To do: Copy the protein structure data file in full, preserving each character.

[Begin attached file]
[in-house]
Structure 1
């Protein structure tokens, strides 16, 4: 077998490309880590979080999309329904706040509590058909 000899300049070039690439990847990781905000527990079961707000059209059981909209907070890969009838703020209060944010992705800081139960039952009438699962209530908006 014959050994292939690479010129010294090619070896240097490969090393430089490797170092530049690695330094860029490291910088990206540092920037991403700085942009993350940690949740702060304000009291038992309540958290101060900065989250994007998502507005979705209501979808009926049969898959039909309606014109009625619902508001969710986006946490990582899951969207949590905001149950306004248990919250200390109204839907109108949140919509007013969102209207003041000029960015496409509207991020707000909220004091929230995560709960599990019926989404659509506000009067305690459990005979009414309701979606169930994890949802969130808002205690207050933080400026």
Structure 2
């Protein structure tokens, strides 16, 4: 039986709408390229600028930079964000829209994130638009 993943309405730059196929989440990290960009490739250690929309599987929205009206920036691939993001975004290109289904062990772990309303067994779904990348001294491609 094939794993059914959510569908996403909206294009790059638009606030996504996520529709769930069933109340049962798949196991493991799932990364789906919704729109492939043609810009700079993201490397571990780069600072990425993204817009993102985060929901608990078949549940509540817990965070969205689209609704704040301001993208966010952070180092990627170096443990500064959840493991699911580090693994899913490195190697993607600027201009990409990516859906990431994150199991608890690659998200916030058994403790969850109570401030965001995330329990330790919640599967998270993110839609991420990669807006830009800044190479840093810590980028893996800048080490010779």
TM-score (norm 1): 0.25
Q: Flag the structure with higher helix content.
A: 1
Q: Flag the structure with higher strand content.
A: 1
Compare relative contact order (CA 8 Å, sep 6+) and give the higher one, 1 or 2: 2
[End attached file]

[in-house]
Structure 1
């Protein structure tokens, strides 16, 4: 077998490309880590979080999309329904706040509590058909 000899300049070039690439990847990781905000527990079961707000059209059981909209907070890969009838703020209060944010992705800081139960039952009438699962209530908006 014959050994292939690479010129010294090619070896240097490969090393430089490797170092530049690695330094860029490291910088990206540092920037991403700085942009993350940690949740702060304000009291038992309540958290101060900065989250994007998502507005979705209501979808009926049969898959039909309606014109009625619902508001969710986006946490990582899951969207949590905001149950306004248990919250200390109204839907109108949140919509007013969102209207003041000029960015496409509207991020707000909220004091929230995560709960599990019926989404659509506000009067305690459990005979009414309701979606169930994890949802969130808002205690207050933080400026």
Structure 2
């Protein structure tokens, strides 16, 4: 039986709408390229600028930079964000829209994130638009 993943309405730059196929989440990290960009490739250690929309599987929205009206920036691939993001975004290109289904062990772990309303067994779904990348001294491609 094939794993059914959510569908996403909206294009790059638009606030996504996520529709769930069933109340049962798949196991493991799932990364789906919704729109492939043609810009700079993201490397571990780069600072990425993204817009993102985060929901608990078949549940509540817990965070969205689209609704704040301001993208966010952070180092990627170096443990500064959840493991699911580090693994899913490195190697993607600027201009990409990516859906990431994150199991608890690659998200916030058994403790969850109570401030965001995330329990330790919640599967998270993110839609991420990669807006830009800044190479840093810590980028893996800048080490010779």
TM-score (norm 1): 0.25
Q: Flag the structure with higher helix content.
A: 1
Q: Flag the structure with higher strand content.
A: 1
Compare relative contact order (CA 8 Å, sep 6+) and give the higher one, 1 or 2: 2